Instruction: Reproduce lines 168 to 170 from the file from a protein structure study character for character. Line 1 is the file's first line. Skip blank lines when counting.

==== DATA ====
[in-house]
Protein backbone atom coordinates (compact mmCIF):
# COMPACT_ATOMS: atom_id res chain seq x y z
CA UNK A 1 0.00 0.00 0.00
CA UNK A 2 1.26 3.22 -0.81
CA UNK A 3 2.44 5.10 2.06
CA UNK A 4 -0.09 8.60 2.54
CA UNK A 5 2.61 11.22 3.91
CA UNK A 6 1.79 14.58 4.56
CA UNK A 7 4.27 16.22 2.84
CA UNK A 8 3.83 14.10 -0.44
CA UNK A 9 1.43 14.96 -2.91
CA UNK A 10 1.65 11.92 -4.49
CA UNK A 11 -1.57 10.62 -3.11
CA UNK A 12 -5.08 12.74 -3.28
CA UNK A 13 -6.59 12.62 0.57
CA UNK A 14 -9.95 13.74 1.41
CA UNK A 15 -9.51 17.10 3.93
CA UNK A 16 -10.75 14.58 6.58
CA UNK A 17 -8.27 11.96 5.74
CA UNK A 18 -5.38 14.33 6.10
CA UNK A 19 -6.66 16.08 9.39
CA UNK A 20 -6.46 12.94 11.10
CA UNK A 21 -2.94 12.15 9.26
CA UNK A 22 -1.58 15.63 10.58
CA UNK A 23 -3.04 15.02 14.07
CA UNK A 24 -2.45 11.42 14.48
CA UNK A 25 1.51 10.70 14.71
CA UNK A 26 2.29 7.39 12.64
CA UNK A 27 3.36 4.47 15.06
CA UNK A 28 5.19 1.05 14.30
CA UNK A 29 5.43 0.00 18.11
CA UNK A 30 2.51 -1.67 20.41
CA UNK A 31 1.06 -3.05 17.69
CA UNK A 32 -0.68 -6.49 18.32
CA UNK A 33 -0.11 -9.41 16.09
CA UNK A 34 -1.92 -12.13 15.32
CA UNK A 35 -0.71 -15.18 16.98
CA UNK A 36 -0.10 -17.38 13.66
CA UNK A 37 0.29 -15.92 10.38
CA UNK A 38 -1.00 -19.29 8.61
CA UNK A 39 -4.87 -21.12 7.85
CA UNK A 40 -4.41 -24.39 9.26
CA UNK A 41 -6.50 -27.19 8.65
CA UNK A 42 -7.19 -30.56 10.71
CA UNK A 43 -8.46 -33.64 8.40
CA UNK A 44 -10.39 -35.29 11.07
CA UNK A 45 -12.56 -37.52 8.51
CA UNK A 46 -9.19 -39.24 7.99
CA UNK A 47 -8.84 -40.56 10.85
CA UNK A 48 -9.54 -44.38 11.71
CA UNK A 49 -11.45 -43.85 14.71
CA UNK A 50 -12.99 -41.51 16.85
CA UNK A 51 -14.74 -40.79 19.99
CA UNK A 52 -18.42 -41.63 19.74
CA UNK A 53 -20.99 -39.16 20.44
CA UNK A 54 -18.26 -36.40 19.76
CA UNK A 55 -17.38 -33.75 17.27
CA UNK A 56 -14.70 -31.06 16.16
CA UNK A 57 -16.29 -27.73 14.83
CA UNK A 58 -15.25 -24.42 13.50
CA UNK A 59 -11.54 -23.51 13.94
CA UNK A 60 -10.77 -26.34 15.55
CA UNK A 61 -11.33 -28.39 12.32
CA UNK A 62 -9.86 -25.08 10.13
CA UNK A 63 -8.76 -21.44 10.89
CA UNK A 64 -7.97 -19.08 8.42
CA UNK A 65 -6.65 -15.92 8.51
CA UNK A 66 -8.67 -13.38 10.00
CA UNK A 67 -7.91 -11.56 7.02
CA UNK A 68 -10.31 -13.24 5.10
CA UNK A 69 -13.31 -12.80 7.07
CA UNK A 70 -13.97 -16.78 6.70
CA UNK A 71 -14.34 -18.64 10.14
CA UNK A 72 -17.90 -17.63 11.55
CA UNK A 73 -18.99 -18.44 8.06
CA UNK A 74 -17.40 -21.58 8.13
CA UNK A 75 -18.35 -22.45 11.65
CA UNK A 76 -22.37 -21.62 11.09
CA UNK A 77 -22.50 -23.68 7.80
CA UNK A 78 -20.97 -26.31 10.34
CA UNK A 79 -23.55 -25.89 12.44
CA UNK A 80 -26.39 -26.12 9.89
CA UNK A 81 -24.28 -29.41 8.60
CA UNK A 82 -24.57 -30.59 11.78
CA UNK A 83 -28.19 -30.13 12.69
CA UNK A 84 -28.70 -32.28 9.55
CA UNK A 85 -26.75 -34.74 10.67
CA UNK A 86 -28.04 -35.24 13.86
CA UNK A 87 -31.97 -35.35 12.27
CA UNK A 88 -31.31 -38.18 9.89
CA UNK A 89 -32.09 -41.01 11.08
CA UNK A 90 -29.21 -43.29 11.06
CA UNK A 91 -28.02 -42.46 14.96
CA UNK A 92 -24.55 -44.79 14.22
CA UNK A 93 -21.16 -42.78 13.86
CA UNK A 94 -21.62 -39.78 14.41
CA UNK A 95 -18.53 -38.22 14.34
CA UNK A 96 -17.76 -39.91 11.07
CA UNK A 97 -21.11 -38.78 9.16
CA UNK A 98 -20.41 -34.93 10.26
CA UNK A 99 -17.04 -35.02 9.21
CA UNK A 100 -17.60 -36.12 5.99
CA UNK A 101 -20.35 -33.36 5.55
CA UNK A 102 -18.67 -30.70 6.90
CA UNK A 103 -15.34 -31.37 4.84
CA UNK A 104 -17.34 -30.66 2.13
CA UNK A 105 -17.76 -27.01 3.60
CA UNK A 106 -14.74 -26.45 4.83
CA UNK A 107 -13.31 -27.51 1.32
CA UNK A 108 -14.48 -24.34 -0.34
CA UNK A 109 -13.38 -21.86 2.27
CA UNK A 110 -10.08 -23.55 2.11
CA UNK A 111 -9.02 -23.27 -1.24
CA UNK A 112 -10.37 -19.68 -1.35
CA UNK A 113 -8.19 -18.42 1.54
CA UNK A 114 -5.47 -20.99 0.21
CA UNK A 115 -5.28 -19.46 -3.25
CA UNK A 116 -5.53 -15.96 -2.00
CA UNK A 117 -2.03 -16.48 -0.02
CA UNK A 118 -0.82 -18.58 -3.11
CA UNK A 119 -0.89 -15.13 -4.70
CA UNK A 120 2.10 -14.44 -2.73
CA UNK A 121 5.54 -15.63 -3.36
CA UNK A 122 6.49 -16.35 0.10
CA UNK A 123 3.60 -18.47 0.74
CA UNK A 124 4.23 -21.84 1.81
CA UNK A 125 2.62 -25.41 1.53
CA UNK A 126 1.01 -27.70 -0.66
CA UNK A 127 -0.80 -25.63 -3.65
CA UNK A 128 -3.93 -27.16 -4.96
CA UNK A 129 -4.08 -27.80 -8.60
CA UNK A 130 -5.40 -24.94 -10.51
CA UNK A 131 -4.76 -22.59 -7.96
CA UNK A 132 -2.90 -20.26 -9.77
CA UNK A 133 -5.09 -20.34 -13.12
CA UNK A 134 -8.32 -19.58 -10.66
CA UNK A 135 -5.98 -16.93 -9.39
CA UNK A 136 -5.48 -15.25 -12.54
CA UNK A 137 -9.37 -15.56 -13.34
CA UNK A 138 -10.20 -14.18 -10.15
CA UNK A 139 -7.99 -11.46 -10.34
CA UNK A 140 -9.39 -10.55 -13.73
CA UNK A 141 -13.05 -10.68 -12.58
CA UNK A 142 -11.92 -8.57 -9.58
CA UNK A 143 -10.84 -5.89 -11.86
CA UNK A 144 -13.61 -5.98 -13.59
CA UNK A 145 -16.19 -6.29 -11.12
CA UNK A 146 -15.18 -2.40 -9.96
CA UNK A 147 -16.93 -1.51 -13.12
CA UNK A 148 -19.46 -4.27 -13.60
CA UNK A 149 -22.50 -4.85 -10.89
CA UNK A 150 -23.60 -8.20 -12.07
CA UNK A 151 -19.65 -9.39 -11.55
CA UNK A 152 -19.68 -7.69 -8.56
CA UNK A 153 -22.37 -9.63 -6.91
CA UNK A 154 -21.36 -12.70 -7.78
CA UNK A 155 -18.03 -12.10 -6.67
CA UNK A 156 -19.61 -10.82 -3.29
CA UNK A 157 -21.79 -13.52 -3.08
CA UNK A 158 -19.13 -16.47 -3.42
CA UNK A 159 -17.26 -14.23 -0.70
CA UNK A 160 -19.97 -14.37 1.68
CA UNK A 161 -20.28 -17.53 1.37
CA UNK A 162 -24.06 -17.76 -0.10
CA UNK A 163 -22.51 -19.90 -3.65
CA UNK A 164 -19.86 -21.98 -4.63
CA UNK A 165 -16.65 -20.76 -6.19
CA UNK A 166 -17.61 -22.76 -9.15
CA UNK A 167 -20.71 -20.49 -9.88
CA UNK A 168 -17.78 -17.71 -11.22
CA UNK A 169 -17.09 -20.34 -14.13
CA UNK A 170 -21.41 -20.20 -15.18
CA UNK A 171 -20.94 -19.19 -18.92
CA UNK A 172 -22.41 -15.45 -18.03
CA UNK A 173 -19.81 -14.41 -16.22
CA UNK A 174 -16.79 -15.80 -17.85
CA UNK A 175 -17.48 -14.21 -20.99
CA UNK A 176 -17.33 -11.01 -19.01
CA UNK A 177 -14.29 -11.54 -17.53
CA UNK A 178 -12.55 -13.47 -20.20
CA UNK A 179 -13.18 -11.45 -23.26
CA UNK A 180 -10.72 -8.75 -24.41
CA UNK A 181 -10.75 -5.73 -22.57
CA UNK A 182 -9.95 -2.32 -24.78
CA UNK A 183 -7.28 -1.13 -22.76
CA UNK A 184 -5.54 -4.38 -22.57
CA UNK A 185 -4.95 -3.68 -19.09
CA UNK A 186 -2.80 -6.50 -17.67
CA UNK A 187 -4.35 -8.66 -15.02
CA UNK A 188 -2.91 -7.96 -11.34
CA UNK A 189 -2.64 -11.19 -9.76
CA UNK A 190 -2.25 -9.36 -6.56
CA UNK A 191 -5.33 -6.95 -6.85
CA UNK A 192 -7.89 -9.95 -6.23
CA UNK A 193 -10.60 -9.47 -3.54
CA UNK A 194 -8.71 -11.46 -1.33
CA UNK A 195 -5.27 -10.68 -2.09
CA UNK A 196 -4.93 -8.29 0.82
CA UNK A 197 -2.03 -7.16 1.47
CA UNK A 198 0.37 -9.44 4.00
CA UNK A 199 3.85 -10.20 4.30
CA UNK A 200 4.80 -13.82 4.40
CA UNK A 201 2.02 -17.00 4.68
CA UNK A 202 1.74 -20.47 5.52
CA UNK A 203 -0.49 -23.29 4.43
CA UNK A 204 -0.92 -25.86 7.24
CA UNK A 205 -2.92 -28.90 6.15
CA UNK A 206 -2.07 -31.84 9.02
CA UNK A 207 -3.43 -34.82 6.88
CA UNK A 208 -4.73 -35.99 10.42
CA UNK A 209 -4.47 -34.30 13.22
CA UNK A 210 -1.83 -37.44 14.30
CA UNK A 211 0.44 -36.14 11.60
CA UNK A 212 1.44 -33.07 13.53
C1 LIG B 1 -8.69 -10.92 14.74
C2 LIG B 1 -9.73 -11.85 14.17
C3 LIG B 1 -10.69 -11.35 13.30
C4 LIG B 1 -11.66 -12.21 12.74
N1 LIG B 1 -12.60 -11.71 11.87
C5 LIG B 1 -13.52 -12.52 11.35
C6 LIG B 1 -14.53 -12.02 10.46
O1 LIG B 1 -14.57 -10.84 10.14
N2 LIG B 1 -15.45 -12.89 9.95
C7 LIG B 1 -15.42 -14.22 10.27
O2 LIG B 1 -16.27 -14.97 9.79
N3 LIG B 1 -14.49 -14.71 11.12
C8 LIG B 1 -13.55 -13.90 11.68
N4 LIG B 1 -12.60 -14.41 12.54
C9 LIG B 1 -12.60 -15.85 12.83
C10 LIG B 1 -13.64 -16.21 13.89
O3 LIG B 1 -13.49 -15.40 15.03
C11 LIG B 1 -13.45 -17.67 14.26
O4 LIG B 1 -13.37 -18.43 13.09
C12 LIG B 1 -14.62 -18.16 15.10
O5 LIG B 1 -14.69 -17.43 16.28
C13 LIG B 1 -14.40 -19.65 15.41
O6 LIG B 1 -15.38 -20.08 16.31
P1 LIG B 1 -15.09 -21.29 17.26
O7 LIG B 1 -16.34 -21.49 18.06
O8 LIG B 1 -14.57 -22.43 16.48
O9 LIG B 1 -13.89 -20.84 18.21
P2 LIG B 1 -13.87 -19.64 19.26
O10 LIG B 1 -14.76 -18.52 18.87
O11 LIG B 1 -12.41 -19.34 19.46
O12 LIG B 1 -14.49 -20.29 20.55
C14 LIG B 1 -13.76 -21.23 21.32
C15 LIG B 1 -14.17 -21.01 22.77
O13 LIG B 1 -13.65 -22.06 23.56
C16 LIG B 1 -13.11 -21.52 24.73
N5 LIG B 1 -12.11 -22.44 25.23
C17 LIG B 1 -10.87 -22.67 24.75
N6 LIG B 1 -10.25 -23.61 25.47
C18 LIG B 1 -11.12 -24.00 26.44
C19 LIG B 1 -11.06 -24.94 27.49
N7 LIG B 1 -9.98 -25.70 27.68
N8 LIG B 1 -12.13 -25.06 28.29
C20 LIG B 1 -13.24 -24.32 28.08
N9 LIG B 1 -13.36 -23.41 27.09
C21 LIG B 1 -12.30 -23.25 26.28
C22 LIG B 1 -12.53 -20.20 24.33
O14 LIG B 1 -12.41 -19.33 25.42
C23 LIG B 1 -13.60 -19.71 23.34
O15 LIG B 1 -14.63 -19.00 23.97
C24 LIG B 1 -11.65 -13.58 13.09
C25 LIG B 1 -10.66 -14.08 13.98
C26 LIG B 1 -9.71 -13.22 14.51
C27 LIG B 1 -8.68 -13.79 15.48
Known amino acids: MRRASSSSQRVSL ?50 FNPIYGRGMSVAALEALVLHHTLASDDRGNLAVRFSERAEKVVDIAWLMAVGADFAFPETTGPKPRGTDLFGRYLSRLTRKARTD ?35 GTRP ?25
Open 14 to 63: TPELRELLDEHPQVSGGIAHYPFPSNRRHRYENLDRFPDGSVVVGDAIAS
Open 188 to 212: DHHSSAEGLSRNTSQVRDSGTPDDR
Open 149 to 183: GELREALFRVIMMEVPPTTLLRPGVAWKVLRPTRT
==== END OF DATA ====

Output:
CA UNK A 165 -16.65 -20.76 -6.19
CA UNK A 166 -17.61 -22.76 -9.15
CA UNK A 167 -20.71 -20.49 -9.88